This subproject is one of many research subprojects utilizing the resources provided by a Center grant funded by NIH/NCRR. The subproject and investigator (PI) may have received primary funding from another NIH source, and thus could be represented in other CRISP entries. The institution listed is for the Center, which is not necessarily the institution for the investigator. To provide core, campus and non-host investigators with sophisticated and specialized genetics resources and expertise.? ? Progress and concerns? ? In 2006, the Genetics Service established a high-throughput DNA sequencing facility. From May 1, 2006 to December ? 31, 2006, the sequencing facility processed more than 30,000 DNA sequences for 22 users. Sequence quality was high, ? with an average read length of more than 670 bases in December, 2006. Responding to the popularity of the service in ? 2006, we recently upgraded the sequencing hardware to double throughput and capacity. The Genetics Service also ? provides increasingly sophisticated MHC genotyping of WNPRC macaques. The tools developed for these analyses are ? now being adapted by outside investigators with WNPRC assistance.? ? Allocation of resource access? ? The Genetics Service sequencing facility was designed as an economical and rapid alternative to existing DNA sequencing ? services for nonhuman primate researchers with medium-to-high throughput needs. Current clients are drawn largely ? from WNPRC AIDS laboratories that perform extensive SIV and immunogenetics research.? ? Dissemination? ? We request that projects utilizing Genetics Service acknowledge the service in manuscripts and presentations. Dr. ? O'Connor, the PI for Genetics Services, lectures regularly on NHP genetics.? ? Training? ? All 22 users of the sequencing service received training in the submission and retrieval of data during 2006. A subset of ? these users obtained advanced training in the analysis of sequence data from Genetics Services staff. Additionally, ? methods for MHC genotyping macaques using microsatellite markers were provided to laboratories in the USA, UK, and ? Australia.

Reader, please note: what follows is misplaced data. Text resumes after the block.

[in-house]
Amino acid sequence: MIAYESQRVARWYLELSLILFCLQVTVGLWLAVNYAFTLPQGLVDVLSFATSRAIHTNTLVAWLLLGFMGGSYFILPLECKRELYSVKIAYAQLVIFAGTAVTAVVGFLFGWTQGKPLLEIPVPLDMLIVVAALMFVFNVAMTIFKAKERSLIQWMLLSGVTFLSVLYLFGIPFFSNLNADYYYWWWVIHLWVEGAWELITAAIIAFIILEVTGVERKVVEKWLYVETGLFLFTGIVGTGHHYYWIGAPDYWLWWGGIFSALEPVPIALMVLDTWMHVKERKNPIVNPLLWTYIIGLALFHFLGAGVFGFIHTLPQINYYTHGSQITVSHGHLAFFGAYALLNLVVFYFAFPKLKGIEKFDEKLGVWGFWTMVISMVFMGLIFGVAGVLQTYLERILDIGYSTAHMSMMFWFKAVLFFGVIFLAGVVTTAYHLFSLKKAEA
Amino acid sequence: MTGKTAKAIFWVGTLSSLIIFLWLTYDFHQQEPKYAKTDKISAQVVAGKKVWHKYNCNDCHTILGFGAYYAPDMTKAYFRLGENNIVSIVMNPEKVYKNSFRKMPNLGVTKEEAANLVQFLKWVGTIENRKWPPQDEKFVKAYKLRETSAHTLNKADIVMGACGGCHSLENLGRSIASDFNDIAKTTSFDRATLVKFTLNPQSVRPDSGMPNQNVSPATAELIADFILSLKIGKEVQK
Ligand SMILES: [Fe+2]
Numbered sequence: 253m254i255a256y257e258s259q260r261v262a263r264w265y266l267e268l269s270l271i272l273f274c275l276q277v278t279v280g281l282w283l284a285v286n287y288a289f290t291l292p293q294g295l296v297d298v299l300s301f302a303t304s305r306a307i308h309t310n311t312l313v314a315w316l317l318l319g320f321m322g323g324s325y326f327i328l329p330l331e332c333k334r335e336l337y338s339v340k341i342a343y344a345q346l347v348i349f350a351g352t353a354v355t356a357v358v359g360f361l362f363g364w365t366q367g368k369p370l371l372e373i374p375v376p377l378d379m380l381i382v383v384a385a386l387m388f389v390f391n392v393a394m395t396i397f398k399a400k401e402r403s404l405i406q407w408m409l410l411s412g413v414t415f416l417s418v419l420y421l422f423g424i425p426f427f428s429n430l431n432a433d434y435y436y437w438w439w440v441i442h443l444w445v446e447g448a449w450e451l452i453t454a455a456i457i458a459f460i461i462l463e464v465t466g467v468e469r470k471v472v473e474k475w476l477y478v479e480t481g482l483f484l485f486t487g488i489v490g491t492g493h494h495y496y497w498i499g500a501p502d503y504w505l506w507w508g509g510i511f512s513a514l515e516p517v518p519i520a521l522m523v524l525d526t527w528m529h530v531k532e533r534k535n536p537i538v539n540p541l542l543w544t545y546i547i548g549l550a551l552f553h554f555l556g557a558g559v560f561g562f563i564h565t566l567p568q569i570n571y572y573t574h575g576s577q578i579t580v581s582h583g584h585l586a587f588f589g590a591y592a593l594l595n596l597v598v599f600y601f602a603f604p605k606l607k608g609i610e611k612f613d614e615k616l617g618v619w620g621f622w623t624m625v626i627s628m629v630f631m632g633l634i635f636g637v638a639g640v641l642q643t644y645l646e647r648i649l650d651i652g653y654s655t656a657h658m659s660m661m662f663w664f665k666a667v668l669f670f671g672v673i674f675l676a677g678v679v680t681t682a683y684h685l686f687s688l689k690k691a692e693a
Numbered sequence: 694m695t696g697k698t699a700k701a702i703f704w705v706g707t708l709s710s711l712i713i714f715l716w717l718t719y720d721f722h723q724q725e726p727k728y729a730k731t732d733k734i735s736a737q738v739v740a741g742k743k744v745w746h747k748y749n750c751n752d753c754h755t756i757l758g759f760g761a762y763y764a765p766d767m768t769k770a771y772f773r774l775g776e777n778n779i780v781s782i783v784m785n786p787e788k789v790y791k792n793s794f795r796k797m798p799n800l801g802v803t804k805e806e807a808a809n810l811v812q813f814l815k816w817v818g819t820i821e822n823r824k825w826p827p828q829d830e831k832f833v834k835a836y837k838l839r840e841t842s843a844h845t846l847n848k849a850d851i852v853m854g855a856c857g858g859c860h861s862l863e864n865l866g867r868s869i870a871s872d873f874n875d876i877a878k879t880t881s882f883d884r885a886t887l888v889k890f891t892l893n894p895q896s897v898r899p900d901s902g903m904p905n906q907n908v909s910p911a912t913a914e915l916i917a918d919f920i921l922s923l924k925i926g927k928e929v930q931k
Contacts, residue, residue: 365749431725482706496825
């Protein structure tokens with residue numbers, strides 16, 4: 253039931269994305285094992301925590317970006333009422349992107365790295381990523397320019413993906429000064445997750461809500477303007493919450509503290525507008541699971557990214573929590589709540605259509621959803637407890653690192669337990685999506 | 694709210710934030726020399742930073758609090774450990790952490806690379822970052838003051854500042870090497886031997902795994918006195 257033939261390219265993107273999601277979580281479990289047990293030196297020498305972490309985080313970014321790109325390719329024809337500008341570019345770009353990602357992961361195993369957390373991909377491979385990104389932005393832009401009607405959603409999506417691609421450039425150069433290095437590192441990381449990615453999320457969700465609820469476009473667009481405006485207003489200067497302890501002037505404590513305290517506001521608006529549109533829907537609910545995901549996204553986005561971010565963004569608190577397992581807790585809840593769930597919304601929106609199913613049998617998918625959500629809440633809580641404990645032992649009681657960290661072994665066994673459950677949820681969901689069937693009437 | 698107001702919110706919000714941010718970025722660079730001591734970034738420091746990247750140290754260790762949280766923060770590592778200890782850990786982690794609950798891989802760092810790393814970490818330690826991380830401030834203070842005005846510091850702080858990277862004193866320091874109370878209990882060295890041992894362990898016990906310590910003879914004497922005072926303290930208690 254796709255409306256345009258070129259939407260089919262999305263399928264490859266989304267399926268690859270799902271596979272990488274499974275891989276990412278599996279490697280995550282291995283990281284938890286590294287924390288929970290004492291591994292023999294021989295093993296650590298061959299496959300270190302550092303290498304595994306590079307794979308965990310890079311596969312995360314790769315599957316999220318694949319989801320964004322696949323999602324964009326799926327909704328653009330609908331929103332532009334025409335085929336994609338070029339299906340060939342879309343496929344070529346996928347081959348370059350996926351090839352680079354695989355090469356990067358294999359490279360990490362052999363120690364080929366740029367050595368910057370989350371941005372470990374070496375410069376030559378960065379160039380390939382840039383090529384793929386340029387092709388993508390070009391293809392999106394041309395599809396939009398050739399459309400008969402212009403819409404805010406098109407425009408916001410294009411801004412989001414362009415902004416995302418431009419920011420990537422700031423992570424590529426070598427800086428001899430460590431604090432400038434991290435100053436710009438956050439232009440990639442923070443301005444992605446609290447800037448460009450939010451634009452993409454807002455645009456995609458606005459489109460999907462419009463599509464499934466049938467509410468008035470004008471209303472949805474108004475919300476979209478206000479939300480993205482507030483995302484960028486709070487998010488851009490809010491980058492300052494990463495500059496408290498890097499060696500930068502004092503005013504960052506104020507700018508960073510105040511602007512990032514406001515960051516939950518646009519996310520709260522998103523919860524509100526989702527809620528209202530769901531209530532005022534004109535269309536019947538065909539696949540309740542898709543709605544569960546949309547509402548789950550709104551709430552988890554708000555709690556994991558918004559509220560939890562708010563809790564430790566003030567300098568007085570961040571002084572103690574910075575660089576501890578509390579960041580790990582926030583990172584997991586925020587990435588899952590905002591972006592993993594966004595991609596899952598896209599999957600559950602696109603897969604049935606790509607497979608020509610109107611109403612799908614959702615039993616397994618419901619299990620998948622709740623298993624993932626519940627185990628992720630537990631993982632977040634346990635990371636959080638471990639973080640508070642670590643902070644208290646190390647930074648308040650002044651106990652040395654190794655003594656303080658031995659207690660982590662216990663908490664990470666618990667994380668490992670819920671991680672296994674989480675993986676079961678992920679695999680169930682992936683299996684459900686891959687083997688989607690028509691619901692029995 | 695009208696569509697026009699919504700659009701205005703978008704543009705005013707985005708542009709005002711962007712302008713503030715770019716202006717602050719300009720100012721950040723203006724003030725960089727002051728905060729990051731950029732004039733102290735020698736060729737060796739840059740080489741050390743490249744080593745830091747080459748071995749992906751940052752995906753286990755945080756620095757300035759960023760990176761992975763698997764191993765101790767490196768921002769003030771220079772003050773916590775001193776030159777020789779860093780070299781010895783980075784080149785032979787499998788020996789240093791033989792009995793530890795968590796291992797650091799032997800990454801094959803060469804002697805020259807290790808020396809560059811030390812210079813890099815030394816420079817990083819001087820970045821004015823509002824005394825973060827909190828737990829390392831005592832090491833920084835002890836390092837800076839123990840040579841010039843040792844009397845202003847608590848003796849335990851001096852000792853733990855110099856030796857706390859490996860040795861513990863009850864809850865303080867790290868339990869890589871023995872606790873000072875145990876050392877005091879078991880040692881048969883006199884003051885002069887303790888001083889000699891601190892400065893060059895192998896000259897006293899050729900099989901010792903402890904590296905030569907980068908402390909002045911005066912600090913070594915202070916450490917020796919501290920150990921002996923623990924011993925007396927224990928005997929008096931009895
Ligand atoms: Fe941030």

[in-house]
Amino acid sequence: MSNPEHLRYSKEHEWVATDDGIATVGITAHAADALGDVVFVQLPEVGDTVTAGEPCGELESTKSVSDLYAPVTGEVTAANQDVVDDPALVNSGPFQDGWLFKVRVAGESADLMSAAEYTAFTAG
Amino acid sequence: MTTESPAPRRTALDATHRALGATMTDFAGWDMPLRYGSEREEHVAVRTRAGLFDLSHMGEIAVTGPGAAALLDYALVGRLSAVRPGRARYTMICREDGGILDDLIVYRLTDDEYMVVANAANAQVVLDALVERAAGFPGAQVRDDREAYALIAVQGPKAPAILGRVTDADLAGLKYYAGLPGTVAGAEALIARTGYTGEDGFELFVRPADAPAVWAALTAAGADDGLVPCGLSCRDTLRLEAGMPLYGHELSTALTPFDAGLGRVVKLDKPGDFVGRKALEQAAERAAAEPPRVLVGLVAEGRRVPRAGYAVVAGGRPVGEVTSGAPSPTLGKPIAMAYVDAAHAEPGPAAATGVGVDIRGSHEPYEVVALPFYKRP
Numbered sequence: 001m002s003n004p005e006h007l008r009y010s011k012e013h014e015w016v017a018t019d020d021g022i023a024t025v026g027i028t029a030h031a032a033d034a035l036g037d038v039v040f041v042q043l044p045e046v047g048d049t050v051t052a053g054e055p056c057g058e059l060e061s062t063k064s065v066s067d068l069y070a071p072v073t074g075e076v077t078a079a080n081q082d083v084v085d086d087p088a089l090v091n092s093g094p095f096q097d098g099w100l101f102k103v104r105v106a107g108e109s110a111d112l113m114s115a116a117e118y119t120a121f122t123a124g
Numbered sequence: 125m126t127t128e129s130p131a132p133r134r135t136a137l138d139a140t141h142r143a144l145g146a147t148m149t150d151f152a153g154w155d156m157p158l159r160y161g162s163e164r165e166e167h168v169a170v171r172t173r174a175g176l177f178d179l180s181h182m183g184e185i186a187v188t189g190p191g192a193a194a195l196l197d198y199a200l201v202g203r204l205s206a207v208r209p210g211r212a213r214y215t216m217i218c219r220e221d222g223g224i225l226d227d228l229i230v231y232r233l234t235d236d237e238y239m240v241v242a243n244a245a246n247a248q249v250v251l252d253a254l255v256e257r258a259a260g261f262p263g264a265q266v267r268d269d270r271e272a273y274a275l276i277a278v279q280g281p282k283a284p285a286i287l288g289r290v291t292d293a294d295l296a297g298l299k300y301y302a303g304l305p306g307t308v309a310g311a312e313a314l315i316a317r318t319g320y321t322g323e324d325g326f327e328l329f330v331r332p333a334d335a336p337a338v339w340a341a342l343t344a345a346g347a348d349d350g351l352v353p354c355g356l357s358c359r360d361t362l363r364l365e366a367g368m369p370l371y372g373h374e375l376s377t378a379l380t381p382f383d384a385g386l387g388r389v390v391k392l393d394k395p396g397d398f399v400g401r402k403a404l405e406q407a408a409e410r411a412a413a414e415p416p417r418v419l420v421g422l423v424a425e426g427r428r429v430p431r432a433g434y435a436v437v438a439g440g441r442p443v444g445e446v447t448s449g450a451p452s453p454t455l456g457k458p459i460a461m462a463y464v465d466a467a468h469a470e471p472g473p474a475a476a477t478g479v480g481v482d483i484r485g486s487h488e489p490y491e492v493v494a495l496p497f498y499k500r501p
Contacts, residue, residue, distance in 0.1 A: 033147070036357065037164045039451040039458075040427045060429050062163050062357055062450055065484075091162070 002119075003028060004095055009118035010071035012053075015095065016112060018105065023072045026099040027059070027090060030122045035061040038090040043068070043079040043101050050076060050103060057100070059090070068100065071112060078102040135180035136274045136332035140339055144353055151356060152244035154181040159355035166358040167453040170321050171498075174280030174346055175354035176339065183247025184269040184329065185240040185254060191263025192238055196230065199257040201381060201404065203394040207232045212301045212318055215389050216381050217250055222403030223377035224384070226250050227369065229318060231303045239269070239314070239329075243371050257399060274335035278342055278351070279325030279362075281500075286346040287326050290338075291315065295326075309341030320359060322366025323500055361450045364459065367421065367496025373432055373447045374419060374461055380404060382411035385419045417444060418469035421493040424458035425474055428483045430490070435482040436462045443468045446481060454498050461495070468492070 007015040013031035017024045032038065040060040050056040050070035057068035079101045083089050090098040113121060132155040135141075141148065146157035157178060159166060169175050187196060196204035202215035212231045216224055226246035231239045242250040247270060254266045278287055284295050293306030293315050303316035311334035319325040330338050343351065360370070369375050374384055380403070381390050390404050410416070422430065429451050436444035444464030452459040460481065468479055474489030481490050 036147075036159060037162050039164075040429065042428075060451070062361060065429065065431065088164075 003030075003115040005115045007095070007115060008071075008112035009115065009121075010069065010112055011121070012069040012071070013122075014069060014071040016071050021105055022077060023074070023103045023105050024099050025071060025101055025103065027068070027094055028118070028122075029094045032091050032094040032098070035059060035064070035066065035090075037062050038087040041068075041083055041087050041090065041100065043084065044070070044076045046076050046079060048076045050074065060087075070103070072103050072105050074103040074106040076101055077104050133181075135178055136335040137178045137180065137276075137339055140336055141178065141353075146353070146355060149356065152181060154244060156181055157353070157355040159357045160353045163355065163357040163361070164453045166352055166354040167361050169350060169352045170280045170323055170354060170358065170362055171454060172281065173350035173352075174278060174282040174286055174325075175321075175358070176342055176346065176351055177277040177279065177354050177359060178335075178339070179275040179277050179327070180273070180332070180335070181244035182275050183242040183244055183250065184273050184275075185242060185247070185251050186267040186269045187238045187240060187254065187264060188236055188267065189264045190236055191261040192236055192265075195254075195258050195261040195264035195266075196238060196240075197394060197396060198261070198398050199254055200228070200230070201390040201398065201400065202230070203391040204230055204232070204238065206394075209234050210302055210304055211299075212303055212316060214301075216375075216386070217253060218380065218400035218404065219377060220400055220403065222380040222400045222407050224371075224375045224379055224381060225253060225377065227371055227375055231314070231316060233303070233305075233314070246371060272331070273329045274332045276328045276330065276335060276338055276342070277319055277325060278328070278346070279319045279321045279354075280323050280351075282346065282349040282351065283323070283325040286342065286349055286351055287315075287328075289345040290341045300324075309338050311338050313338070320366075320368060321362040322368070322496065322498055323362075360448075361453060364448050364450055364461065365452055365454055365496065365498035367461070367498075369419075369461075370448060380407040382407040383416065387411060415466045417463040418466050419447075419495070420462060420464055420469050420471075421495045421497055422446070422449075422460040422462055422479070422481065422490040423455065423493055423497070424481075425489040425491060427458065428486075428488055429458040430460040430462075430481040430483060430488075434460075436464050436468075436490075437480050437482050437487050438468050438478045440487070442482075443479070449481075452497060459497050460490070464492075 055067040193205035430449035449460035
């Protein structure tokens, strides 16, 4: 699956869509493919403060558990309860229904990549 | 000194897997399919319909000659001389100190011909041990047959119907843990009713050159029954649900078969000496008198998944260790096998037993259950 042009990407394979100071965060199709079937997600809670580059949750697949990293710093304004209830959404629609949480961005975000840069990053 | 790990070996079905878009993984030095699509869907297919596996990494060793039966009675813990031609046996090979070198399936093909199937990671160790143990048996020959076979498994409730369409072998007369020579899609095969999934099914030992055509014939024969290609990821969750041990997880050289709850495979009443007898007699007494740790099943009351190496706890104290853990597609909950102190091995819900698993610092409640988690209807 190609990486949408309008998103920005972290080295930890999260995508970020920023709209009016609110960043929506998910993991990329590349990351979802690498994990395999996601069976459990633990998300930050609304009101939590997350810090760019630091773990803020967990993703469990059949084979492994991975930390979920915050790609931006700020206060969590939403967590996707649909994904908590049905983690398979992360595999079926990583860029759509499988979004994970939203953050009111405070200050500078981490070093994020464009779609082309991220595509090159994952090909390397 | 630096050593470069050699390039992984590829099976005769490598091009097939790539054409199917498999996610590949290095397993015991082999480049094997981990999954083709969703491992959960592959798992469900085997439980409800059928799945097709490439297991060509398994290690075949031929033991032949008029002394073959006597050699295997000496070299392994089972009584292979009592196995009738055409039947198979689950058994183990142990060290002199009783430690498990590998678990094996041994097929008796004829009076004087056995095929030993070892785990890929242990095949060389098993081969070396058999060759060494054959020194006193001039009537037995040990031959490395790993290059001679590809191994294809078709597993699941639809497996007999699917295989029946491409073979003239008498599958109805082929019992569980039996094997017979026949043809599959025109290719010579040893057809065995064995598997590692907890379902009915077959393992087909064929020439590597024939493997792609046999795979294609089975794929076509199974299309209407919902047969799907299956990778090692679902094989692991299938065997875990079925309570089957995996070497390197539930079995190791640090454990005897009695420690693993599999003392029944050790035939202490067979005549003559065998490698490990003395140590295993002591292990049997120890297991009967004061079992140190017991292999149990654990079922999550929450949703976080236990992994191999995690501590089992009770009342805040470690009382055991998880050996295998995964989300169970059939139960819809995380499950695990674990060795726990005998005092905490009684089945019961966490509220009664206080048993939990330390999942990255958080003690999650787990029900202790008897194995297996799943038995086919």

National Institute of Health (NIH)
National Center for Research Resources (NCRR)
Primate Research Center Grants (P51)
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Special Emphasis Panel (ZRR1-CM-9 (01))
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University of Wisconsin Madison
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